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Arizona football notebook: Jacob Manu’s Pac-12 revenge tour, a real defensive rotation, Jedd Fisch’s ‘pitcher-catcher’ relationship with Jayden de Laura

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Arizona was the only Pac-12 school that offered Jacob Manu a scholarship. The only FBS program, actually. And just like snubbed NFL players on Draft Day, he plans to remind them of this in the best way possible.

“All these Pac-12 schools that I wanted to get recruited by, I feel like they all underlooked me,” Manu said Tuesday. “That is another chip on my shoulder to do better, and just show them that they’re wrong.”

The true freshman linebacker made his third career start in the 45-37 home loss to USC, whom he said was his dream school growing up in Orange County. The Trojans, like so many others, likely saw Manu’s lack of size—he’s generously listed at 5-foot-11 and 220 pounds—as a big turn off, and understandably so.

But what he lacks in physical attributes, Manu has made up for with performance. Twenty-one of his 30 tackles have come in his three starts, including 10 at Washington and seven against USC in a career-high 80 snaps. When Arizona went with its “dollar” package of seven defensive backs, it was Manu as the lone LB rather than sixth-year senior Jerry Roberts or redshirt freshman Kolbe Cage, the player Manu replaced in the starting lineup.

“He’s growing up, he’s one of our main guys,” UA defensive coordinator Johnny Nansen said. “He’s very vocal with with the older kids and I think they’re starting to follow his leadership, so I’m very proud of where he’s at right now.”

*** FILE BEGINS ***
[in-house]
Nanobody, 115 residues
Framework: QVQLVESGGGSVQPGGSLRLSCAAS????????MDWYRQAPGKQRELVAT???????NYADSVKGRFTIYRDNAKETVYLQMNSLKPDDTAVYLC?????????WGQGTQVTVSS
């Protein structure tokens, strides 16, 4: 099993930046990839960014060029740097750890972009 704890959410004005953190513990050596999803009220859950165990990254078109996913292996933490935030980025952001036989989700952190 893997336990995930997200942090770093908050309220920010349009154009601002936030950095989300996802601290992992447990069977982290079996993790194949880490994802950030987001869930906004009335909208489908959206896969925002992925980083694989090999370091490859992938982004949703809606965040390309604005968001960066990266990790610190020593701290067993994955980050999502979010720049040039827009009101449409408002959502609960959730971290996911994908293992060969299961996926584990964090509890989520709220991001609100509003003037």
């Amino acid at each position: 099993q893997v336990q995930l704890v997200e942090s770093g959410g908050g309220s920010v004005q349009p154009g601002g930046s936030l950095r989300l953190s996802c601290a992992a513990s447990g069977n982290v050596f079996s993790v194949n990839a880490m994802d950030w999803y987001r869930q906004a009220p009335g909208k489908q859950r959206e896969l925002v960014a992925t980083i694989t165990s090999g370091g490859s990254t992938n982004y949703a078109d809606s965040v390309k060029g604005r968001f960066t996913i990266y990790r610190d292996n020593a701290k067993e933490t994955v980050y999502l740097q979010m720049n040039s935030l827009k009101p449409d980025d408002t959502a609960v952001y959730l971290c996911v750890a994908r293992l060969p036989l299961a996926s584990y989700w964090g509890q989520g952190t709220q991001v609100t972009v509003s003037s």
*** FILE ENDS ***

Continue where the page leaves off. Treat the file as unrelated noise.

One of four players Arizona signed in the 2022 recruiting class from Anaheim’s Servite High School, Manu was the only one not to enroll early and participate in spring ball. He said his lack of recruitment—his only offers before the Wildcats came along last October were from two Ivy League schools—made it so he wasn’t prepared to finish high school in December like former and current teammates Keyan Burnett, Noah Fifita and Tetairoa McMillan did.

Manu didn’t arrive at the UA until June, meaning the summer was as much about getting into college shape as it was getting up to speed on the playbook.

“I feel like the playbook was probably my biggest challenge,” he said. “I feel like I got it down now, though.”

Manu said he felt he had a chance to play right away, despite the late arrival, as long as he tapped into the “Polynesian in me” that he says makes him such a great player.

“I just had to work my butt off,” he said. “Just working and just playing the way I play, being physical. Being the linebacker that every coach wants. Whoever is in front of me, like it don’t matter. I’m gonna win.”

UA quarterback Jayden de Laura saw that firsthand early this season, when Manu was still on the practice squad.

“I kind of would have to tell him to relax sometimes,” de Laura joked. “Since he came in, he’s just been grinding.”

More freshmen, more snaps

Manu was one of three true freshmen to start on defense against USC, the others being cornerback Ephesians Prysock and defensive tackle Ta’ita’i Uiagalelei. Additionally, corner Tacario Davis got his first extended look while defensive ends Russell Davis II and Jacob Kongaika also got a lot of run.